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Article #39, September 2000
By Bill Cook

   It seems to me that Fall has crept up on me.  Itís here and Iím having a hard time figuring out how I can have so many summer things left undone.  Itís time to change gears and ready for the grand Autumn season. 

   The usual vanguard of stressed trees have changed color first.  Red maples in the swamp have gone scarlet.  Aspens, black ash, sugar maple, and other species that logged a poor season are checking out early.  But the bulk of the trees will turn during the end of September and into October.  The leaf-peeper season.

   Despite the fairly good growing season and the increased frequency of frost activity, the internal clock that trees use to change colors has little to do with weather.  Itís the photoperiod.  The relative number of hours of light and dark in a day.  Now, some tree species are more, or less, opportunistic.  Not all trees operate on the same clock.  But in general, itís the photoperiod that affects the timing of leaf drop, not nut crops, or woolly bears, or bird migrations.

   This year, many trees were forced into producing a second set of leaves.  A variety of insects munched the first tender crop into non-existence by the end of June.  Cankerworms, leaf-rollers, casebearers, and forest tent caterpillars caused significant defoliation of aspen, maple, and many other species.  While these are all normal occurrences in the life of a forest, the stress may contribute to an earlier Fall color change in some parts of the Upper Peninsula.   But itís dangerous to predict color change patterns. 

   While timing is largely controlled by photoperiod, the intensity and visual quality of the Fall colors can be impacted by weather.  Stress might precipitate a more effective or quicker re-absorption of the green chlorophyll pigments.  The red, yellow, and purple pigments may stand out better, maybe for a little longer.  Frost can also have influence on the quality of Fall colors.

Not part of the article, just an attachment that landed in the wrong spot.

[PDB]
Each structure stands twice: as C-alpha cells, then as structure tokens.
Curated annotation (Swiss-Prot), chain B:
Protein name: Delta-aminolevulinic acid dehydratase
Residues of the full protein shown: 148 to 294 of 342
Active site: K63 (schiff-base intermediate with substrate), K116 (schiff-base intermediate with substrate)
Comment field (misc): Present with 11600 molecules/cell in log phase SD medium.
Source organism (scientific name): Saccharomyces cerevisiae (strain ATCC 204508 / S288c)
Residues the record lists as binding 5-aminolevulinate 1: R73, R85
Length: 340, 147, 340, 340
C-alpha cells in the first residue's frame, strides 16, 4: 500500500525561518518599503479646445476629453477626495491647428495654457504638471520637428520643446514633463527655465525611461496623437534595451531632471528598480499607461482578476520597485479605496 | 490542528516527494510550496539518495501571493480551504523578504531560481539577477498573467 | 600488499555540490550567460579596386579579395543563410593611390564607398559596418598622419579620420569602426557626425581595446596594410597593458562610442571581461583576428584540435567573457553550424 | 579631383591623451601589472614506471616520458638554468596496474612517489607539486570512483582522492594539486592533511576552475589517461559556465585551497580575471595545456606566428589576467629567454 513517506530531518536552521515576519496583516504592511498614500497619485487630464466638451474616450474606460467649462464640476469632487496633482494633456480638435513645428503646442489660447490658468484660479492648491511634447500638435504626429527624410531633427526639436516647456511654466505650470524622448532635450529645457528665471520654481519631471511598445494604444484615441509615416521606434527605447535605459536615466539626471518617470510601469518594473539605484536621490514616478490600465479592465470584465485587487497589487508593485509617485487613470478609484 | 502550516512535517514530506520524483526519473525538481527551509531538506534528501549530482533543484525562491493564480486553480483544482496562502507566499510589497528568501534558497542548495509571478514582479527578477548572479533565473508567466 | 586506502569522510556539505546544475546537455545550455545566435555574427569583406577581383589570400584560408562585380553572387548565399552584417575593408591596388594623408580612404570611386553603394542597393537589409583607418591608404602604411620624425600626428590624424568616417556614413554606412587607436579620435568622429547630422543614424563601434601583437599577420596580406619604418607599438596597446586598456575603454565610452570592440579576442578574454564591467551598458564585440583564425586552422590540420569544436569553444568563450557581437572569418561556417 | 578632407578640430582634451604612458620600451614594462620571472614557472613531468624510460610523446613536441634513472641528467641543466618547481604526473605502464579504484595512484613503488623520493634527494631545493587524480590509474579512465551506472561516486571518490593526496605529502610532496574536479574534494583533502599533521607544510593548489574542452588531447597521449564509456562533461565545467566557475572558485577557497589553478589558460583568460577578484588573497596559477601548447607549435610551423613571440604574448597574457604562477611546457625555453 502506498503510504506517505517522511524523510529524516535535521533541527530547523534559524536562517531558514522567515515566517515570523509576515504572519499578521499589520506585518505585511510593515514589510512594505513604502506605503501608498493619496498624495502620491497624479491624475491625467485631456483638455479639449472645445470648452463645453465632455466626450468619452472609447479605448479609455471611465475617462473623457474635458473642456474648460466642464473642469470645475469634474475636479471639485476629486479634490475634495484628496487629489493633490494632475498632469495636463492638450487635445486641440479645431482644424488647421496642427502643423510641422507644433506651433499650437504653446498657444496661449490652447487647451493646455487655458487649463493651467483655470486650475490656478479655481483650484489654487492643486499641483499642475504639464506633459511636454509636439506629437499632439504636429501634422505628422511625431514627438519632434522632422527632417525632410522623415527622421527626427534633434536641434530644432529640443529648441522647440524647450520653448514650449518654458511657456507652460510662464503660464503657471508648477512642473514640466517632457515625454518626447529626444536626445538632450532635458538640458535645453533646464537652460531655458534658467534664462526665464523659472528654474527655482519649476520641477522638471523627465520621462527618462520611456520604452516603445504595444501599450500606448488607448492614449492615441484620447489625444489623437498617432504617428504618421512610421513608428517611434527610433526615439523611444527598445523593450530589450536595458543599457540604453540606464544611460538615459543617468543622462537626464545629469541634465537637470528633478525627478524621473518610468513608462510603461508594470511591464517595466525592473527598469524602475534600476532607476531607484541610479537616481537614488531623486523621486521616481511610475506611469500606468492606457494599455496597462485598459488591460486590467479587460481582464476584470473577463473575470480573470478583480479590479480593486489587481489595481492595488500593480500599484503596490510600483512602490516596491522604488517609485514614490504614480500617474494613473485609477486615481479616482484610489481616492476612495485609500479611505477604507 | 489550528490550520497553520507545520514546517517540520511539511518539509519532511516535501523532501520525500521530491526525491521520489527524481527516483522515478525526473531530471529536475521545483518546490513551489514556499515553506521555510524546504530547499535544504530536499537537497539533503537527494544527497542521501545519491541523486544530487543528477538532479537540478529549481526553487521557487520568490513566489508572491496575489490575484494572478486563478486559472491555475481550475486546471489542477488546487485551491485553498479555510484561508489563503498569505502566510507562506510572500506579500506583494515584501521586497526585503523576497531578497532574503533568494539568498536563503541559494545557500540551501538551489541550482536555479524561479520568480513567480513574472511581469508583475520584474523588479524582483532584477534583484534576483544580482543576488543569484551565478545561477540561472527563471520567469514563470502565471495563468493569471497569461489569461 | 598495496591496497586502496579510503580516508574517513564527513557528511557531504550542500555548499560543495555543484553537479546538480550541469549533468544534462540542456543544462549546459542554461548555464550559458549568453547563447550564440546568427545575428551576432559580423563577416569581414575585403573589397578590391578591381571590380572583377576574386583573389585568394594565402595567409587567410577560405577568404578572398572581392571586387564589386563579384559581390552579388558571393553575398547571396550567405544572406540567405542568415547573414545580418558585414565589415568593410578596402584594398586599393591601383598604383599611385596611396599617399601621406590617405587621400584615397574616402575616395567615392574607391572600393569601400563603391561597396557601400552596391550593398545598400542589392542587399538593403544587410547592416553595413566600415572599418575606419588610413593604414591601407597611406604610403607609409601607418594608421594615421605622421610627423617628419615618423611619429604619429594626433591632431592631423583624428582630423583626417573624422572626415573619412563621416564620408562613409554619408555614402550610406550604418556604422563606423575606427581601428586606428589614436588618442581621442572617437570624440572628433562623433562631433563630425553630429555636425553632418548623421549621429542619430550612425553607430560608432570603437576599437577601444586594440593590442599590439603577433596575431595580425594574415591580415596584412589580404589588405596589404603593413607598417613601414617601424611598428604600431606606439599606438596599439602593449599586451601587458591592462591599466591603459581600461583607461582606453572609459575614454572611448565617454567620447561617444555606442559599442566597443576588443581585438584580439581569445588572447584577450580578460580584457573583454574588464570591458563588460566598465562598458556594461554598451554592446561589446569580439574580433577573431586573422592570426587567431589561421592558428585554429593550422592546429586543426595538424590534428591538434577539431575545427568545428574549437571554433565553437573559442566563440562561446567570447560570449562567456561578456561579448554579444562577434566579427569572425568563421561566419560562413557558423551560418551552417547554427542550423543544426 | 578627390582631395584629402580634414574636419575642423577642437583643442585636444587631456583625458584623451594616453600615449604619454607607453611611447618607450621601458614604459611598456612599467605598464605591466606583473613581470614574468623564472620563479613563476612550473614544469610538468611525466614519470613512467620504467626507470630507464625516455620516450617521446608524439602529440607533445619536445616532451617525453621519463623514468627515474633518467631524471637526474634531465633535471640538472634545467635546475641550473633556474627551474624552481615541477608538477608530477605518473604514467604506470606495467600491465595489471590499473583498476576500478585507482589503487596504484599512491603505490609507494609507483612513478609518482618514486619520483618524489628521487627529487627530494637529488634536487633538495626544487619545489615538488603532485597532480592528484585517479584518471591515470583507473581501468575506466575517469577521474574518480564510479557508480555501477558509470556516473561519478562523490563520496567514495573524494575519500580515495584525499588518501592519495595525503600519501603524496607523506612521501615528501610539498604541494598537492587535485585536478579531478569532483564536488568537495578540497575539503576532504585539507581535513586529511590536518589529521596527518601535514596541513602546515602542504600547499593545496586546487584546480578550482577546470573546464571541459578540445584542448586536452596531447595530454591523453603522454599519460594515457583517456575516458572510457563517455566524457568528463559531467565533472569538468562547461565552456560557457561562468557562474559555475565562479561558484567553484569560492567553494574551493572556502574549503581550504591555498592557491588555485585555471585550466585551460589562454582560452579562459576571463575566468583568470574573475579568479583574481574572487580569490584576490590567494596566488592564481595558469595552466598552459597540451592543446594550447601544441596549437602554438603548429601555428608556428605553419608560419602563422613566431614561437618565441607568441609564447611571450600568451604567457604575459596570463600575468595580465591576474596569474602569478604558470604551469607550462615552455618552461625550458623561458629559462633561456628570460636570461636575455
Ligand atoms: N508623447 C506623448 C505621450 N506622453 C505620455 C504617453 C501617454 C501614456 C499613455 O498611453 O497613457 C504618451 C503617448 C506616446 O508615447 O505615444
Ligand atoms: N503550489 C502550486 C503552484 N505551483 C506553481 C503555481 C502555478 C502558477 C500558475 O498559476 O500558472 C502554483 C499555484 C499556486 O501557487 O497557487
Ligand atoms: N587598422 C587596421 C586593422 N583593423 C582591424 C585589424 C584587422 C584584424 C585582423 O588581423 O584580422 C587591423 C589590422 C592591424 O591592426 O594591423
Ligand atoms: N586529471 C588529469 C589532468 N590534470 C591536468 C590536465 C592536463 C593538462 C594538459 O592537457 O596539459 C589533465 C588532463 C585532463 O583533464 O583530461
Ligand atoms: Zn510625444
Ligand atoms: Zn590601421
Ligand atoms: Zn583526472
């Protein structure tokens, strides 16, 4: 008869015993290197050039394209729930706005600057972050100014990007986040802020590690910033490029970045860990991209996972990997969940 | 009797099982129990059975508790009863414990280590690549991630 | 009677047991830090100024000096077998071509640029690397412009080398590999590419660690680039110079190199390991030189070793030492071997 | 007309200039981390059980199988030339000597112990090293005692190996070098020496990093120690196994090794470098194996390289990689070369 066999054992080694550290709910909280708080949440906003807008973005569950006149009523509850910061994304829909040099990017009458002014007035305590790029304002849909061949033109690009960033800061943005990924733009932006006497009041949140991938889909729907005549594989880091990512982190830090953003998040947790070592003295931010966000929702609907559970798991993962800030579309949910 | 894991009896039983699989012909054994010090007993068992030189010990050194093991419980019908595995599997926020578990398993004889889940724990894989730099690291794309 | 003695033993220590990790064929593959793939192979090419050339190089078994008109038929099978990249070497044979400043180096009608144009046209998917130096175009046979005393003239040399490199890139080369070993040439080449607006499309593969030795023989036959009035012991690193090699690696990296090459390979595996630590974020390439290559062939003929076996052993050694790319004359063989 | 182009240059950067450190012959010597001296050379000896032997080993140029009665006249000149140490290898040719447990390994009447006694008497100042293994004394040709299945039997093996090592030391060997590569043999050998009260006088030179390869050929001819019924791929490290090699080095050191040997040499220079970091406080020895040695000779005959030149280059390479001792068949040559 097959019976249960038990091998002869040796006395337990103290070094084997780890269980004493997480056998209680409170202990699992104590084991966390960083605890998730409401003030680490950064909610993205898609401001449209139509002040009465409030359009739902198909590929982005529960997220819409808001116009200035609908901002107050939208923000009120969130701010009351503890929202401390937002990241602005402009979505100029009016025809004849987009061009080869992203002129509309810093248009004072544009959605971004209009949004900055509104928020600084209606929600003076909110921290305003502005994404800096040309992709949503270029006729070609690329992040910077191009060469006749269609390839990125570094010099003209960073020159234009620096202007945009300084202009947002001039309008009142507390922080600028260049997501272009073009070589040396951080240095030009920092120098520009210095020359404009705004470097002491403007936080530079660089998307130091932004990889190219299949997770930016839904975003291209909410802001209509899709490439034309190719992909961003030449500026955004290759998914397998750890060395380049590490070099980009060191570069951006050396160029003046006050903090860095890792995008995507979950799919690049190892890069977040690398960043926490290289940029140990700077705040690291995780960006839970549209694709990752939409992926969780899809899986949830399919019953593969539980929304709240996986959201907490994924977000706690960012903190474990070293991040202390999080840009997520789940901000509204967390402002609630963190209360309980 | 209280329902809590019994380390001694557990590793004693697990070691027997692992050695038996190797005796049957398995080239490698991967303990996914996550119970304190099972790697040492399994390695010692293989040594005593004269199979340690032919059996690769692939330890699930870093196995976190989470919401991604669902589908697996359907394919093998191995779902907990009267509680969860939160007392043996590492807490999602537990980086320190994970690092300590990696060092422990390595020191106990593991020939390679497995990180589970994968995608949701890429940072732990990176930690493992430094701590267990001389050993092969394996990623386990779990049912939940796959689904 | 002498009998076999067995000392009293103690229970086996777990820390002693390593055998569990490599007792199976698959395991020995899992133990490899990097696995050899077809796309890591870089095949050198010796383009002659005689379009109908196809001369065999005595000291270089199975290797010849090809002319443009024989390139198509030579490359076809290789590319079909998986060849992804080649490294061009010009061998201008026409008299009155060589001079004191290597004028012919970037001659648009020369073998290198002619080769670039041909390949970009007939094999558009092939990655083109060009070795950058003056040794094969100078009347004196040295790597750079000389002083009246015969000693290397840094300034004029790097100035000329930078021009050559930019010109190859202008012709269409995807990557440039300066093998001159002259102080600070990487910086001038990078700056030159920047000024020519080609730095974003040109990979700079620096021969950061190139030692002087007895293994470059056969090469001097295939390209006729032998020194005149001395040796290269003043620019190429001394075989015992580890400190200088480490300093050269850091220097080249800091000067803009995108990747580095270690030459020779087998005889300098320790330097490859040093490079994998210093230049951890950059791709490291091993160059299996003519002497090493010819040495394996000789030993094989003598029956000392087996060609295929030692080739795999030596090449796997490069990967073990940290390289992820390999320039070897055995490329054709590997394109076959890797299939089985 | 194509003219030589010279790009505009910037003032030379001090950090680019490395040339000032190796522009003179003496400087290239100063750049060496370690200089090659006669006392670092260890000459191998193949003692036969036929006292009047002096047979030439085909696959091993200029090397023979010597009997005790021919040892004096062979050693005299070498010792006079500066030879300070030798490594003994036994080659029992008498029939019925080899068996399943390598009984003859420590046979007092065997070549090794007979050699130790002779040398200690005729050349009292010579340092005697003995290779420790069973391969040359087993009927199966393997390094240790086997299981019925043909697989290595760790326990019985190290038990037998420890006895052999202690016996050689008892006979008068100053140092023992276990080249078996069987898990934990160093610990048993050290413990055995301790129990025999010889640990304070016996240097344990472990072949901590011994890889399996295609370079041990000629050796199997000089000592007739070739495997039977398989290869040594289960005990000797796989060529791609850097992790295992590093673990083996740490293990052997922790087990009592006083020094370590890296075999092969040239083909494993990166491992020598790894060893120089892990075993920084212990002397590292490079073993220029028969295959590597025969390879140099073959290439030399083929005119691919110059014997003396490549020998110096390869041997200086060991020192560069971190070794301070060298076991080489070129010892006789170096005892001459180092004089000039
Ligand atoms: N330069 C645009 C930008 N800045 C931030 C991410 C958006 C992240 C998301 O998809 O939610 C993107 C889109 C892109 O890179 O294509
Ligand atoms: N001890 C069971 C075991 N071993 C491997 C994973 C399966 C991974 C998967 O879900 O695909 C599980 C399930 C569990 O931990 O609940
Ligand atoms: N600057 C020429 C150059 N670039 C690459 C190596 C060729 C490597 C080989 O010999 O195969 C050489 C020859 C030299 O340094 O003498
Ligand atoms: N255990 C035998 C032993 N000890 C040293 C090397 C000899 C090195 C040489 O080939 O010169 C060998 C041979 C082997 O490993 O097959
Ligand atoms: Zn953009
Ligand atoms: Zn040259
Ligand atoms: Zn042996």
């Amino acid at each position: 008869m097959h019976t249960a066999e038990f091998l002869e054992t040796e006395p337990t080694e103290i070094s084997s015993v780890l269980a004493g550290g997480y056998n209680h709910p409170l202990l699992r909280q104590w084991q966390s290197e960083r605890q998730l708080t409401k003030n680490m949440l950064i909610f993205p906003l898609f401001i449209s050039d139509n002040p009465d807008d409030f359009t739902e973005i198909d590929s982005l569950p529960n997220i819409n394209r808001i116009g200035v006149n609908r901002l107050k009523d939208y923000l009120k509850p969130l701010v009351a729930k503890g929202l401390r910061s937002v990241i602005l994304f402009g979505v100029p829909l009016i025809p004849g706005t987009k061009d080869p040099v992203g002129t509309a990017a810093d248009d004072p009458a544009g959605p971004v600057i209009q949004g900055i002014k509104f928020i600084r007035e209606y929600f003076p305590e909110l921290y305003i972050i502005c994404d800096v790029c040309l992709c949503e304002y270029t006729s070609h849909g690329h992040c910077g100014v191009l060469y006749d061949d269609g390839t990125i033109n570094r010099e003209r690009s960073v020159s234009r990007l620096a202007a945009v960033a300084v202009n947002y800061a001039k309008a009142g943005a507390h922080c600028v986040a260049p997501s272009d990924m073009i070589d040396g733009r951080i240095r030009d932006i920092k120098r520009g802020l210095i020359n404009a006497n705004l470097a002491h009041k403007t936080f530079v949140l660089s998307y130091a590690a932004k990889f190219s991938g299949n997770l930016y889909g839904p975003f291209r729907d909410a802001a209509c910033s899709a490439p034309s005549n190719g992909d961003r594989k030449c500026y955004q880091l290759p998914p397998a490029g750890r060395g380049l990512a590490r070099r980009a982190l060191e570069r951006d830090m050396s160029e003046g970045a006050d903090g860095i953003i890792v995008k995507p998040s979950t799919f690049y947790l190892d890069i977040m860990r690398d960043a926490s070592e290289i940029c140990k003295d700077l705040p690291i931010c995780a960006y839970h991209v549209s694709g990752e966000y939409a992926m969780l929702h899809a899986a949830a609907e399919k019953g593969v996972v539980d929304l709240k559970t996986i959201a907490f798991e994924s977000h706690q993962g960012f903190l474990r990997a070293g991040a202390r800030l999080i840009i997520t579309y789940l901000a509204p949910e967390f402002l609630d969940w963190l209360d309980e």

The biggest portion of our hardwood, or broad-leaf, forests consist of maples, aspens, and birches.  The crimson and gold of maples we all know about, which pretty much knocks the socks off color changes in other parts of the country.  Our aspens also turn a fantastic yellow color, with the right weather conditions.  Birch are much the same way.  A bright yellow pure paper birch stand, with snow-white bark, is an experience not soon forgotten. 

   But, let us not forget the softwoods, or evergreens.  Although they do retain needles year-round, they donít retain them all.  The older needles, nearer to the trunk, fall off every year.  The only exception to this is the glorious tamarack.  Not only does it lose all its needles each Fall, but it departs the season in a blaze of gold! 

   Each season hosts a multitude of changes in the forest and with the wildlife that live there.  The Fall color change may be the most hailed of all seasonal changes, but the outdoors is full of fascinating and interesting events this time of the year.  What new things might you discover hidden amid the kaleidoscope of Fall?

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Bill Cook is an MSU Extension forester providing educational programming for the entire Upper Peninsula. His office is located at the MSU Upper Peninsula Tree Improvement Center near Escanaba. The Center is the headquarters for three MSU Forestry properties in the U.P., with a combined area of about 8,000 acres. He can be reached at cookwi@msu.edu or 906-786-1575.

Prepared by Bill Cook, Forester/Biologist, Michigan State University Extension, 6005 J Road, Escanaba, MI  49829
906-786-1575 (voice),  906-786-9370 (fax),  e-mail:  cookwi@msu.edu

Use / reprinting of these articles is encouraged. Please notify Bill Cook.
By-line should read "Bill Cook, MSU Extension" Please use the article trailer whenever possible.

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